Lay down these words
Before your mind like rocks.
placed solid, by hands
In choice of place, set
Before the body of the mind
in space and time:
Solidity of bark, leaf, or wall
riprap of things:
Cobble of milky way,
These poems, people,
lost ponies with
Dragging saddles —
and rocky sure-foot trails.
The worlds like an endless
Game of Go.
ants and pebbles
In the thin loam, each rock a word
a creek-washed stone
with torment of fire and weight
Crystal and sediment linked hot
all change, in thoughts,
As well as things.
Copyright © 2009 by Gary Snyder from Riprap and Cold Mountain Poems. Reprinted by permission of Counterpoint.
- How does the poet connect language to the physical world in the poem?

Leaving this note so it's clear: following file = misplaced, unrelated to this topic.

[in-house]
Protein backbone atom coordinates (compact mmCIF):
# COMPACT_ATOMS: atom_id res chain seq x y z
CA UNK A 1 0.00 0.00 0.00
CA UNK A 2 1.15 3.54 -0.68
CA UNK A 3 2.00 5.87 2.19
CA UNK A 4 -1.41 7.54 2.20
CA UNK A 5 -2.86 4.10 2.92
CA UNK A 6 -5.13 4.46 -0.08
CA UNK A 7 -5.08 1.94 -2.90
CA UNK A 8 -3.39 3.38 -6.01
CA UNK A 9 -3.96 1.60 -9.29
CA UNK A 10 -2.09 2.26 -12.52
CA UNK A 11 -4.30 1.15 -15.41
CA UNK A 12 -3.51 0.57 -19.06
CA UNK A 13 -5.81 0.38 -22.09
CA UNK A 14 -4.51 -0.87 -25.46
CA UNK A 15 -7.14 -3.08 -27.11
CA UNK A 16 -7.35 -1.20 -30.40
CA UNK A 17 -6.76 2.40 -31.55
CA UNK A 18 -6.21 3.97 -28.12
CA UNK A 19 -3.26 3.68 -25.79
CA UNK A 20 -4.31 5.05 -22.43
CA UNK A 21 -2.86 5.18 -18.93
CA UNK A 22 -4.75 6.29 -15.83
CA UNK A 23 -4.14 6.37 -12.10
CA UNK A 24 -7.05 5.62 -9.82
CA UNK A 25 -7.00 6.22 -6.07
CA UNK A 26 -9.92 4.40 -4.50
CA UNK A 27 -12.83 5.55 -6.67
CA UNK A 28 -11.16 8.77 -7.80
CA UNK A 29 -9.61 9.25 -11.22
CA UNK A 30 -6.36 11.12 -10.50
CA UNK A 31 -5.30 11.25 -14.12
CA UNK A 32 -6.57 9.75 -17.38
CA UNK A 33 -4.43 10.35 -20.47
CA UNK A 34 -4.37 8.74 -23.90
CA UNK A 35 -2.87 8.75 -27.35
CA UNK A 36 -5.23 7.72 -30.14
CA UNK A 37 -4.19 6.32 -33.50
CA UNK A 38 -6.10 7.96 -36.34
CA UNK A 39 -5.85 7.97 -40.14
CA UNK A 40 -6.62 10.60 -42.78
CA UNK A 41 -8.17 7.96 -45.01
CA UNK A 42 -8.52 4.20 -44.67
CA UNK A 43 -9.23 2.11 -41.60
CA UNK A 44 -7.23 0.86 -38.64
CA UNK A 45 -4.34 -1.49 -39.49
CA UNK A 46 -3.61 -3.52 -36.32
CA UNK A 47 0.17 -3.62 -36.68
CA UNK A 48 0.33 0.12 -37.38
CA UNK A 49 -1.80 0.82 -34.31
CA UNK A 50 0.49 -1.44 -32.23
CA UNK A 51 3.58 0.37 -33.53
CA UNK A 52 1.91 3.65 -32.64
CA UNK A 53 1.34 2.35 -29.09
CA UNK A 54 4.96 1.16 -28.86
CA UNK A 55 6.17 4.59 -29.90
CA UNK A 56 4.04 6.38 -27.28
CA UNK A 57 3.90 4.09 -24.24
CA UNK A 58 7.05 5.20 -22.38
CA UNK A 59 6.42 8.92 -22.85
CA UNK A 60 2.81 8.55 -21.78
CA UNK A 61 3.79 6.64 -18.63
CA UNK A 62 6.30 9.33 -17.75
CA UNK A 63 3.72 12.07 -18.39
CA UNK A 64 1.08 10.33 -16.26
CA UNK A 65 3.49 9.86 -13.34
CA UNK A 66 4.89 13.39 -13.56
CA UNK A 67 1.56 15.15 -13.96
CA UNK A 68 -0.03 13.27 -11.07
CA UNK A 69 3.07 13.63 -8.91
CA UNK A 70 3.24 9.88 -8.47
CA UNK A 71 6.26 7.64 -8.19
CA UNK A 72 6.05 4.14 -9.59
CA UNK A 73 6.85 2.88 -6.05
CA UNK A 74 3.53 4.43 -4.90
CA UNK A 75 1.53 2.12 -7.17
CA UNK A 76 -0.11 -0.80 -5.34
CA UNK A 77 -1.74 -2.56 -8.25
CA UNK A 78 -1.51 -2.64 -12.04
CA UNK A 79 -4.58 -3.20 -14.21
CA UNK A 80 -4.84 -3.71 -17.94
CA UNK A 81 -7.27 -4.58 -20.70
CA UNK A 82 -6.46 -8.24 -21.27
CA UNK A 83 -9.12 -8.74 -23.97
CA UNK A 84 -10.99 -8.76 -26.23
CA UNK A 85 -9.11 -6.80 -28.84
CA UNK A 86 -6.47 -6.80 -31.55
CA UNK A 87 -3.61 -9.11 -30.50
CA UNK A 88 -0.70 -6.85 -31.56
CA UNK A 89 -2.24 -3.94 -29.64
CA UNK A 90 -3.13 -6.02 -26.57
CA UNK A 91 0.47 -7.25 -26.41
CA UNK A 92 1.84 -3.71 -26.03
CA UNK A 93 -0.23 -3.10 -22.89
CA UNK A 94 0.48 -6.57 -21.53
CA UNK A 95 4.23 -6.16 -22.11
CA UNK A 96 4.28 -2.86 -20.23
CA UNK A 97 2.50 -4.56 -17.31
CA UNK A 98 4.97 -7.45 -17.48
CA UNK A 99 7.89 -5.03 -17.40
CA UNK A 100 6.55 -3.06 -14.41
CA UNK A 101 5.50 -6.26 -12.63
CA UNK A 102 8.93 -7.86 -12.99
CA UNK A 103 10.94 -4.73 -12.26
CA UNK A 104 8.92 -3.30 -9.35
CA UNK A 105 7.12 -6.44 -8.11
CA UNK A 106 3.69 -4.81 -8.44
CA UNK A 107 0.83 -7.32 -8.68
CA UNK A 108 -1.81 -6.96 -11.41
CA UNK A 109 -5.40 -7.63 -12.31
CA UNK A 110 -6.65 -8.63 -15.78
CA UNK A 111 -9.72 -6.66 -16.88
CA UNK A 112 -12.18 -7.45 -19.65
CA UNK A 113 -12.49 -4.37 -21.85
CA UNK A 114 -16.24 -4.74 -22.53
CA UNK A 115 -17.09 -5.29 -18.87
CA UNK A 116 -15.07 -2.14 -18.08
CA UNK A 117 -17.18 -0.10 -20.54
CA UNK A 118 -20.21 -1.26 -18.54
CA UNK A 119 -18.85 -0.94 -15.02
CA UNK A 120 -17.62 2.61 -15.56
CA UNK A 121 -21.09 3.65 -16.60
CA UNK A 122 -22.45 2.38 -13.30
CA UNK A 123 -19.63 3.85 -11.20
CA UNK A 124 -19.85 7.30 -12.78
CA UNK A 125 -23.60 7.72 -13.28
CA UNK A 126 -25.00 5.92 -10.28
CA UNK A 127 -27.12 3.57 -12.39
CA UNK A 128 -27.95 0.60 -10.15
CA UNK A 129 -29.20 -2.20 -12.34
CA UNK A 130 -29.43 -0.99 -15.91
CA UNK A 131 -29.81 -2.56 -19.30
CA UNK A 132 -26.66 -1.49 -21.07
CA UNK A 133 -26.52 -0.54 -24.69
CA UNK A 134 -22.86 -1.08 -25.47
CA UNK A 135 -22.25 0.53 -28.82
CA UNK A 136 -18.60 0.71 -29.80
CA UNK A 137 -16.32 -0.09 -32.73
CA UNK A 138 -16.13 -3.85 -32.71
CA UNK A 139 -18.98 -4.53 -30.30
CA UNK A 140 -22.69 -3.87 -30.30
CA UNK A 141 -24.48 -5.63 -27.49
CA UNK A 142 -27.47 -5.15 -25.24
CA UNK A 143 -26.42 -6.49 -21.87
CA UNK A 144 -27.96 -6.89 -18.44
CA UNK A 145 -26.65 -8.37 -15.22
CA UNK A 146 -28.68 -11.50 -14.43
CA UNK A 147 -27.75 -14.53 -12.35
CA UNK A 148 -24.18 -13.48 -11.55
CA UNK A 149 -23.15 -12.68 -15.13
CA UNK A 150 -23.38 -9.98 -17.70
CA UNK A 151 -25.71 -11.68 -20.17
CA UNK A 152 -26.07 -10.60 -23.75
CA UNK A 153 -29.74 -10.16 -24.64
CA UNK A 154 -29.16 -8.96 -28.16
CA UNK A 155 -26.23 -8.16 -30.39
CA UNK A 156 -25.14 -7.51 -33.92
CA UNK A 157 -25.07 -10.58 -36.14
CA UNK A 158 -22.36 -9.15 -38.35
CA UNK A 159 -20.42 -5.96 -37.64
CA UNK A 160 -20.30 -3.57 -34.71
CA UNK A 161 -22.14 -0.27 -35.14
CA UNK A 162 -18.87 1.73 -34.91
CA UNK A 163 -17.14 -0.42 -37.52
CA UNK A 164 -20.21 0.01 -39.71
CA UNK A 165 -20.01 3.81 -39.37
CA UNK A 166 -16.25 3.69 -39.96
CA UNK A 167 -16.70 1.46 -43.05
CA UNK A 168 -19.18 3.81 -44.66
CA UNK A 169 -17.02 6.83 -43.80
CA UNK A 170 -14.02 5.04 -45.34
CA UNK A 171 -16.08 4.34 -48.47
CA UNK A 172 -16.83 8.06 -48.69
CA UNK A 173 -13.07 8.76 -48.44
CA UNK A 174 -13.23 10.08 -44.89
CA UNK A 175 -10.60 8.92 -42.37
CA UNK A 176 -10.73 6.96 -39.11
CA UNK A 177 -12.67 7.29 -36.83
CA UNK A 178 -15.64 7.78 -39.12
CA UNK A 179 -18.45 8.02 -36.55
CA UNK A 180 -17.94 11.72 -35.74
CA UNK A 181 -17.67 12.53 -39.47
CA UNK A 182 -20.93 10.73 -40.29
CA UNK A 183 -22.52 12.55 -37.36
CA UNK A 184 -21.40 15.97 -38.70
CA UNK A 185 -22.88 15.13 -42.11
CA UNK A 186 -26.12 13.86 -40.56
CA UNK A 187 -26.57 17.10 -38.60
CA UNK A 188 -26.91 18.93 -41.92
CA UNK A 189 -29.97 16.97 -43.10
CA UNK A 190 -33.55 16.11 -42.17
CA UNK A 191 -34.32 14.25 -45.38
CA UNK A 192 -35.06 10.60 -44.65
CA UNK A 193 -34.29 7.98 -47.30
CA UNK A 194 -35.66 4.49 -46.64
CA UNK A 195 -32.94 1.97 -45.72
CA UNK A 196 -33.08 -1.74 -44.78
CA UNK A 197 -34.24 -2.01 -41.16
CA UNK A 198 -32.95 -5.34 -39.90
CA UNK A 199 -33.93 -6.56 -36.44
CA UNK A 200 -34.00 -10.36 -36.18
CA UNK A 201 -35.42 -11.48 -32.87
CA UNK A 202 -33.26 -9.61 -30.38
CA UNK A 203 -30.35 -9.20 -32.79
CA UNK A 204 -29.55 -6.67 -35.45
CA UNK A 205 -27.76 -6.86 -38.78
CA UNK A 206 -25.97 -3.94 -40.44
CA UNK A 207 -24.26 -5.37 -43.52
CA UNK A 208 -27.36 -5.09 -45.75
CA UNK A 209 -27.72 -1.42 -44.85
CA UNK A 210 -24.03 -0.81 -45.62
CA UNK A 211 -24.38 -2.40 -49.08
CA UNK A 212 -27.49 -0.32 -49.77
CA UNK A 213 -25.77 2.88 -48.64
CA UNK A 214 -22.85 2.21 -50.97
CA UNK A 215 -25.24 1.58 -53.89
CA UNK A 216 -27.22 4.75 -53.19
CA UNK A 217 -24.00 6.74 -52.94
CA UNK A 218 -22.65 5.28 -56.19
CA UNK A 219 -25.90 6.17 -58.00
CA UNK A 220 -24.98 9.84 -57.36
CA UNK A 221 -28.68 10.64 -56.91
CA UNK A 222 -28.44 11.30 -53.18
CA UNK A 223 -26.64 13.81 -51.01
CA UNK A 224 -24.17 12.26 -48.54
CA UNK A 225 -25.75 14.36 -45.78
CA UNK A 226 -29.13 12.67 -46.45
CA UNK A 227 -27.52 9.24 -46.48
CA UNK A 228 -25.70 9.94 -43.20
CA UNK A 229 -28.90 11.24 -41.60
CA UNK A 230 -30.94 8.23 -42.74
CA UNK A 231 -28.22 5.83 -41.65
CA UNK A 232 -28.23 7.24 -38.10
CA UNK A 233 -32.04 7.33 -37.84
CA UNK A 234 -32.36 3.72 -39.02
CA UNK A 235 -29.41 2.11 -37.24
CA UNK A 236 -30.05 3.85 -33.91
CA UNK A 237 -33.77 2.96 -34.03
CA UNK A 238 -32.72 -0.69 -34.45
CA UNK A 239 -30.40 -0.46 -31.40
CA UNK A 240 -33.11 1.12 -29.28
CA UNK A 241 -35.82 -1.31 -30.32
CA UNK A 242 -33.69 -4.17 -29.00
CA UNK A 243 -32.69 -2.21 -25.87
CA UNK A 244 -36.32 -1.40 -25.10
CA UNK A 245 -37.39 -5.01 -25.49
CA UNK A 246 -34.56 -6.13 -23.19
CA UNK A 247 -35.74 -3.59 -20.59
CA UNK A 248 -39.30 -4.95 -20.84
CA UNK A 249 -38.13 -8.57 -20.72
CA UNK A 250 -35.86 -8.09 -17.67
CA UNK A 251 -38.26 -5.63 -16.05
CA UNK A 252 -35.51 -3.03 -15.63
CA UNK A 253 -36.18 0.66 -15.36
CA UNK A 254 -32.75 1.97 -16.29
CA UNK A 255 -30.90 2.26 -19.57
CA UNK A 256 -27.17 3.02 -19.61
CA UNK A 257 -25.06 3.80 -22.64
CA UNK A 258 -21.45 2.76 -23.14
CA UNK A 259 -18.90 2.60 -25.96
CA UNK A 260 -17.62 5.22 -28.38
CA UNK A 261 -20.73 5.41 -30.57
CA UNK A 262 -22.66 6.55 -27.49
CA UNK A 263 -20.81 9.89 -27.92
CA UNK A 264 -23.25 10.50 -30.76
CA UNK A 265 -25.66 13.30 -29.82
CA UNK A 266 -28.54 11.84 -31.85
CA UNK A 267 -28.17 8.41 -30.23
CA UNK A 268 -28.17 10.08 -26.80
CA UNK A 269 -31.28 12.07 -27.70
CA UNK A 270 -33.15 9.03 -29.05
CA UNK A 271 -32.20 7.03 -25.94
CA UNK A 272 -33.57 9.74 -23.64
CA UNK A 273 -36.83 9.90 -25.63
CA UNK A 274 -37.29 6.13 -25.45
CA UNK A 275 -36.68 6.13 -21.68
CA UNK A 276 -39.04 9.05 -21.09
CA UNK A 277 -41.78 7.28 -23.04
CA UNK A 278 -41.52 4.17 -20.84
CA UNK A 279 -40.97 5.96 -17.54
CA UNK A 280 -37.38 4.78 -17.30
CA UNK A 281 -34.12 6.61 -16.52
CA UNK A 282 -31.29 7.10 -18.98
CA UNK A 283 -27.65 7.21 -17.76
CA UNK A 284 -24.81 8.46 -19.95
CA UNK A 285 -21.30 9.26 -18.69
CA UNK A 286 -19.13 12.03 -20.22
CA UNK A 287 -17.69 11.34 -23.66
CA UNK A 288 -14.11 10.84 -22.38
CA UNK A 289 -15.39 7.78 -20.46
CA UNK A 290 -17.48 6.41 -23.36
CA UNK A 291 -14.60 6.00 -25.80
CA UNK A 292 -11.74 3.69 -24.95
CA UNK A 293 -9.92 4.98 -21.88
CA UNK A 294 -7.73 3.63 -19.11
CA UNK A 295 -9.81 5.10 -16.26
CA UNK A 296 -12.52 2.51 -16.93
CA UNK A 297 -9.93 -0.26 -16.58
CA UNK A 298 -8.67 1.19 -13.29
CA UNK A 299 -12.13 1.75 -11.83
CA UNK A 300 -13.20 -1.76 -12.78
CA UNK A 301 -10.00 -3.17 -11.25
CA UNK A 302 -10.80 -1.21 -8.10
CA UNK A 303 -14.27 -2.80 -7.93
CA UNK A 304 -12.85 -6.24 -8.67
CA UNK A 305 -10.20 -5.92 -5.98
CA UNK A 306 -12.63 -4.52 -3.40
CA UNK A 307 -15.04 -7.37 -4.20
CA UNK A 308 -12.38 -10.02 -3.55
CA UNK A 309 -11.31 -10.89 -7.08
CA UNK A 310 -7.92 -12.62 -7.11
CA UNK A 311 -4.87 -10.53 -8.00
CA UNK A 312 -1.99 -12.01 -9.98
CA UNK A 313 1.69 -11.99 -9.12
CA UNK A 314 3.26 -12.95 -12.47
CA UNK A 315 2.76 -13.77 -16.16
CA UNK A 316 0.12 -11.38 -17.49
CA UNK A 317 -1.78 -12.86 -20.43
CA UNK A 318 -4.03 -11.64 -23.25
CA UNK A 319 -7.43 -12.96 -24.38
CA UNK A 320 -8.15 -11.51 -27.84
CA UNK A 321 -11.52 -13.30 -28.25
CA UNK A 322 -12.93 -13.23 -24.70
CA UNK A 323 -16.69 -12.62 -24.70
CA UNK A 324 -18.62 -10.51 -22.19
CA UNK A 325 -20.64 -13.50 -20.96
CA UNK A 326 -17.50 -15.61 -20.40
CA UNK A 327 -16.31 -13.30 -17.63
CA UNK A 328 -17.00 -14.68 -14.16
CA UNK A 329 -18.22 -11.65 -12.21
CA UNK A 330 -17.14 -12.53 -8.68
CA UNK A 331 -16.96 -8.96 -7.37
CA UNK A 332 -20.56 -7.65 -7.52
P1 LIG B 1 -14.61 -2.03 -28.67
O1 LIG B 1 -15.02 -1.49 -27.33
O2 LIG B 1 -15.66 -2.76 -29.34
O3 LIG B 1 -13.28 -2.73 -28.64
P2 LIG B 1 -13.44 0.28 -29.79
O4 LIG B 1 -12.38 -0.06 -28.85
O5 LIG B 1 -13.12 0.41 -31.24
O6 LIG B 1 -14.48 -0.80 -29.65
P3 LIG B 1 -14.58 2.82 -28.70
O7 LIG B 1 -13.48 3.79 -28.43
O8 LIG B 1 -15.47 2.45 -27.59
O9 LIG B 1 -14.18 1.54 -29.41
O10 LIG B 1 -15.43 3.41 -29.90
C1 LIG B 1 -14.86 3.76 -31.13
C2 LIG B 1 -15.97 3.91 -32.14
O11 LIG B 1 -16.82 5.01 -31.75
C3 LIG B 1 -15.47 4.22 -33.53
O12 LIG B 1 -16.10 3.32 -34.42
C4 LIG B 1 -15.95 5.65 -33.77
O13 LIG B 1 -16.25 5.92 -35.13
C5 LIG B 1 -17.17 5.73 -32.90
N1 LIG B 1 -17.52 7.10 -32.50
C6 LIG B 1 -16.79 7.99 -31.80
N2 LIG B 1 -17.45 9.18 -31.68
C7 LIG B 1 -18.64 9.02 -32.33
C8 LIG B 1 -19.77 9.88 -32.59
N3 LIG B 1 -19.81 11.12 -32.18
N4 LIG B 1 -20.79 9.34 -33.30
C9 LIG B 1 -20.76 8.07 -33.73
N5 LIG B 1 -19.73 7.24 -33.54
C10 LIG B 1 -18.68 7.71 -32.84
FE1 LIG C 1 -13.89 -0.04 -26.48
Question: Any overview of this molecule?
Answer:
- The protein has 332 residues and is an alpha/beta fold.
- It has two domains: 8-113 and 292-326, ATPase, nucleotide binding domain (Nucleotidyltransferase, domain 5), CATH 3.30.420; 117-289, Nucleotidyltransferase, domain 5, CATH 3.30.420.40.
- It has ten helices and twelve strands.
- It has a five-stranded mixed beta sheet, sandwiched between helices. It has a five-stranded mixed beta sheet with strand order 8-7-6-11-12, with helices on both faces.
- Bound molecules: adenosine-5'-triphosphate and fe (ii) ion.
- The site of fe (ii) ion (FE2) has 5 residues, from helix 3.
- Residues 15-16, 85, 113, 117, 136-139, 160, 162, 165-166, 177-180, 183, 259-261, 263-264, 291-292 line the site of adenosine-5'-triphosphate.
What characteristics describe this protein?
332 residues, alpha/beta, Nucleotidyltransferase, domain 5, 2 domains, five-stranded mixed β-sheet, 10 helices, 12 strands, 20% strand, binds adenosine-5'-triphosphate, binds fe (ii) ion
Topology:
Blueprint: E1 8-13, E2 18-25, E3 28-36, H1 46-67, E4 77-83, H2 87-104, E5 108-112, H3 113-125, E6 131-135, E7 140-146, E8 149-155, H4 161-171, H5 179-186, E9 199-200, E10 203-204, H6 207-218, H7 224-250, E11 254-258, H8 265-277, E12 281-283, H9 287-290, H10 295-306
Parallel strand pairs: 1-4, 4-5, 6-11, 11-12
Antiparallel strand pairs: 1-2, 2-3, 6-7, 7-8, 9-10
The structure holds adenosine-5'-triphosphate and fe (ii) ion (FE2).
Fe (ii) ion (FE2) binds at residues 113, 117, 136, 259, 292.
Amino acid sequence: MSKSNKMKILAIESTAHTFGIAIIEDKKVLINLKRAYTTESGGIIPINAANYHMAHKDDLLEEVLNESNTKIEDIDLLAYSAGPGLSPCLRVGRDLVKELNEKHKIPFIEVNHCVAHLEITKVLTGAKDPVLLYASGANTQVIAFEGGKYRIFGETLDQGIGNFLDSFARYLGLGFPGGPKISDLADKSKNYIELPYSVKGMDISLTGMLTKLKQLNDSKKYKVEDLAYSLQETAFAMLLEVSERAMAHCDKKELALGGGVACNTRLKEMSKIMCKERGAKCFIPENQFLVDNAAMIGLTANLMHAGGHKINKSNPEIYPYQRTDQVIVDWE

- What does “the body of the mind” suggest to you?
- In the lines “The worlds like an endless / four-dimensional / Game of Go”, the poet is referencing a Chinese board game that has been played for over two thousand years. Look it up and consider what the poet is saying about the worlds (note Snyder chooses the plural!). What kind of game is this?
- If the poet is reading the landscape, what do you think its story is?
- If you were going to recite this poem, what tone would you use? Would you change the tone as you moved through the poem? Where?
- Spend some time outside and write a poem about the landscape near you. Imagine each rock is a word; what is it telling you?